OTTAWA-The minister for Crown-Indigenous relations says the federal government is failing in its responsibility to protect Indigenous women and girls, despite allocating money toward the issue.
Marc Miller said Friday he was shocked to learn Winnipeg police have charged a man in the alleged killings of four women last spring.
“It’s a legacy of a devastating history that has reverberations today,” he said. “No one can stand in front of you with confidence to say that this won’t happen again and I think that’s kind of shameful.”
Jeremy Skibicki has been charged with four counts of first-degree murder in the deaths of Rebecca Contois, 24, Morgan Harris, 39, Marcedes Myran, 26, and an unidentified fourth woman.
Three of the women’s bodies have not been found.
Contois, Harris and Myran are Indigenous and police believe the fourth victim is Indigenous as well.
Skibicki was initially charged with first-degree murder on May 18 and kept in custody after the partial remains of Contois were found in a garbage bin near an apartment building. Police later found the rest of her remains in a Winnipeg landfill.
Contois lived in Winnipeg, but was a member of the O-Chi-Chak-Ko-Sipi First Nation, also known as Crane River.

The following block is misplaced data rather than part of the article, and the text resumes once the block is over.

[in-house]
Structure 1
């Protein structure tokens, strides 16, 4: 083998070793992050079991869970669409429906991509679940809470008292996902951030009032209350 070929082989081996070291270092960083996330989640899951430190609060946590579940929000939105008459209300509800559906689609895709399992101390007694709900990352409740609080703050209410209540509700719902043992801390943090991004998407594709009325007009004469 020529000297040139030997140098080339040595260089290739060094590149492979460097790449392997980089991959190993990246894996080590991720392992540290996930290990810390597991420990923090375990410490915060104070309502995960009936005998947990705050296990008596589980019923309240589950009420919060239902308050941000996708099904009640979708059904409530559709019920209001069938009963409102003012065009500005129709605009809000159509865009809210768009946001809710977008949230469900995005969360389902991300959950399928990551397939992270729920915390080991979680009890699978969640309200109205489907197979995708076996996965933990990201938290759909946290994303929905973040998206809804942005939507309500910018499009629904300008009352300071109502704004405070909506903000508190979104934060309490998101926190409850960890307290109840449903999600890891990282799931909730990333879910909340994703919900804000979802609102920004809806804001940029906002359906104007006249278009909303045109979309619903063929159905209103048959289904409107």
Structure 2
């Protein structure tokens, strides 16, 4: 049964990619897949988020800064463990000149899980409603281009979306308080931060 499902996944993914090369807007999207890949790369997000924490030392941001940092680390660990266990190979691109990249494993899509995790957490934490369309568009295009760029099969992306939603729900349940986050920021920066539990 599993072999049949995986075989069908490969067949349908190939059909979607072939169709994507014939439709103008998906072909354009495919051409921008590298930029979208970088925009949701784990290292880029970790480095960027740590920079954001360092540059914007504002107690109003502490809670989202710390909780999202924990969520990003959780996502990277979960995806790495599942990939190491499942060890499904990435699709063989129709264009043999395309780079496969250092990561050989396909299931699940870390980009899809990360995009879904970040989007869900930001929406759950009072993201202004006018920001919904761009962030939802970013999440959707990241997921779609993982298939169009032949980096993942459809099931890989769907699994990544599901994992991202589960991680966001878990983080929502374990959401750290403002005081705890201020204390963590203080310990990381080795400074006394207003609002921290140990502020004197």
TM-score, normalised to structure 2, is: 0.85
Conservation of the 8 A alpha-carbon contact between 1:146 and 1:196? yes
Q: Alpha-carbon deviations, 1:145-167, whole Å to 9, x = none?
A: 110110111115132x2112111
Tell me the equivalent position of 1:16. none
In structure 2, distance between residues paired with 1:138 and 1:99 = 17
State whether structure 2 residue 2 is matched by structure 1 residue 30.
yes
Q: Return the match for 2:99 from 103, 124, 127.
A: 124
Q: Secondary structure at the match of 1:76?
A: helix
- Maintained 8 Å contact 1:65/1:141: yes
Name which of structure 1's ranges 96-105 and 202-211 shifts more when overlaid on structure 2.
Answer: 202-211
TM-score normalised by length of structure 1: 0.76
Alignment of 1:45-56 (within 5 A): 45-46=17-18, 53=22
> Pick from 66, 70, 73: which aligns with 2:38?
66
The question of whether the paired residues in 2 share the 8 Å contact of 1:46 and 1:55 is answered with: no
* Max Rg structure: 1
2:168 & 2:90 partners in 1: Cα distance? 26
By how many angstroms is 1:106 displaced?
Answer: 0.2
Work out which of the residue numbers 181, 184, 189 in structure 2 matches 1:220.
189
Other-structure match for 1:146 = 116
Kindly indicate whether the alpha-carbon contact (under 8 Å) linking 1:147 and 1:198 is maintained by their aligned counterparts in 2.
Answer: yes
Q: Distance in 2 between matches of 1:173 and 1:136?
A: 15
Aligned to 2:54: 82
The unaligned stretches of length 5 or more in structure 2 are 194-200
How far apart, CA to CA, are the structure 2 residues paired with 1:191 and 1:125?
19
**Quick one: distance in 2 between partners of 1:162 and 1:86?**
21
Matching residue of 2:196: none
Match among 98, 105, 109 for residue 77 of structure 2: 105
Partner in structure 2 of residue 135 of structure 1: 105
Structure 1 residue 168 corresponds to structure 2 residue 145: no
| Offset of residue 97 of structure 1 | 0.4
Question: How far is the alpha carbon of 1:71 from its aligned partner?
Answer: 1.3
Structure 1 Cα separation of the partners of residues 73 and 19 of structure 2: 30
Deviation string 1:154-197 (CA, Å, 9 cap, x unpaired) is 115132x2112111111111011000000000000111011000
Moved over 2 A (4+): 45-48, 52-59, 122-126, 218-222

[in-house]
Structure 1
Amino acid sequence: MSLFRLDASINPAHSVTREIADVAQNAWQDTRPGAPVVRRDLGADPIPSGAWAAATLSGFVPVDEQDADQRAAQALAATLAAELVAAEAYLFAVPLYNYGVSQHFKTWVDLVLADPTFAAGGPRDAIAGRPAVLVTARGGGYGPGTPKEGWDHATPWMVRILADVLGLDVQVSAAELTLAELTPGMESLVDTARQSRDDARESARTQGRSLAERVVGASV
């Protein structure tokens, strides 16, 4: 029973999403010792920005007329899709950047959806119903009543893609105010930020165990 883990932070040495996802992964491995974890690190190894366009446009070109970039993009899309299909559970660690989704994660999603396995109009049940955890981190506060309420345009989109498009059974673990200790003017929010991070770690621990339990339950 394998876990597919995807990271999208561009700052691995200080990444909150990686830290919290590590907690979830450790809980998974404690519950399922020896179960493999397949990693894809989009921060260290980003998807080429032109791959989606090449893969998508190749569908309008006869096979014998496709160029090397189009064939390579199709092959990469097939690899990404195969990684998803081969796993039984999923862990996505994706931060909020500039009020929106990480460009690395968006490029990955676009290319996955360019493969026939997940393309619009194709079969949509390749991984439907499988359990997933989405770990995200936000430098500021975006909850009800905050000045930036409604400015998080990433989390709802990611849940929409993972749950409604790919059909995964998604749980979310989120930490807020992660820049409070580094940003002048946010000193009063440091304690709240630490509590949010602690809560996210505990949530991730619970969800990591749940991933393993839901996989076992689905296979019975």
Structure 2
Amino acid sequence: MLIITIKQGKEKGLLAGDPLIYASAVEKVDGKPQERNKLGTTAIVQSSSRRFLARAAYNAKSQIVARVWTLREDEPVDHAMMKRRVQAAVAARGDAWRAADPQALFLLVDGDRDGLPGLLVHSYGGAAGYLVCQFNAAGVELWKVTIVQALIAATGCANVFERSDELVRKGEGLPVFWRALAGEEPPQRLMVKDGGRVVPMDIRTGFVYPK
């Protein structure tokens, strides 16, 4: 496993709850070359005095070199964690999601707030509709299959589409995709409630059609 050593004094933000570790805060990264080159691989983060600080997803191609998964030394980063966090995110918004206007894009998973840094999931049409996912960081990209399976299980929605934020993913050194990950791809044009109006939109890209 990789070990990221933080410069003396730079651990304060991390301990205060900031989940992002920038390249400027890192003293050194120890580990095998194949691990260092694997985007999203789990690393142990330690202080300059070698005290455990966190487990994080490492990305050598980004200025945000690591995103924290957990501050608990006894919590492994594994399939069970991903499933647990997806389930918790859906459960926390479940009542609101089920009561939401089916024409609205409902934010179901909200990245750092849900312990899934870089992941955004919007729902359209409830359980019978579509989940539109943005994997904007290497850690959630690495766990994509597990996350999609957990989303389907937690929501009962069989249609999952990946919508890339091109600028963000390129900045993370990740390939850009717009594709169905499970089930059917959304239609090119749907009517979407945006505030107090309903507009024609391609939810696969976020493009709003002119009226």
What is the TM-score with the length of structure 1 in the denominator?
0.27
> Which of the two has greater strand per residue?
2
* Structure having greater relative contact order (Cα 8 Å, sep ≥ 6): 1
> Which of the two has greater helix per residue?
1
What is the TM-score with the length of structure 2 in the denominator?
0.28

Harris and Myran also lived in Winnipeg and were both members of Long Plain First Nation.
Police said Harris, Myran and Contois were killed in May.
They said the fourth woman is thought to have been killed on or about March 15, 2022. They released a photo of a jacket similar to the one she had been wearing.
At a vigil Thursday evening, Cambria Harris said what happened to her mother and the other three women amounts to the genocide of Indigenous women.
The family advocate for the Assembly of Manitoba Chiefs said First Nations women are being failed.
“We continue to witness the vulnerability of our unsheltered women,” Cora Morgan said in statement Friday.
“They feel their voices do not matter or their lives do not matter. Our women deserve more.”
Winnipeg has often been referred to as ground zero or the epicentre of the crisis of violence against Indigenous women and girls.
Miller said the federal government will continue to work to address some of the systemic issues that put Indigenous women in vulnerable situations, which include reforming the child-welfare system and opening more shelters.
“The federal government has a responsibility ? Despite the investments that we’ve put in, and they’re significant, we are trailing in the face of a tragedy.”
Grand Chief Cathy Merrick, with the Assembly of Manitoba Chiefs, is calling on the federal and provincial governments to work with police to implement the national inquiry’s recommendations aimed at tackling root causes of violence against Indigenous women and girls.
This report by The Canadian Press was first published Dec. 2, 2022
– By Brittany Hobson in Winnipeg.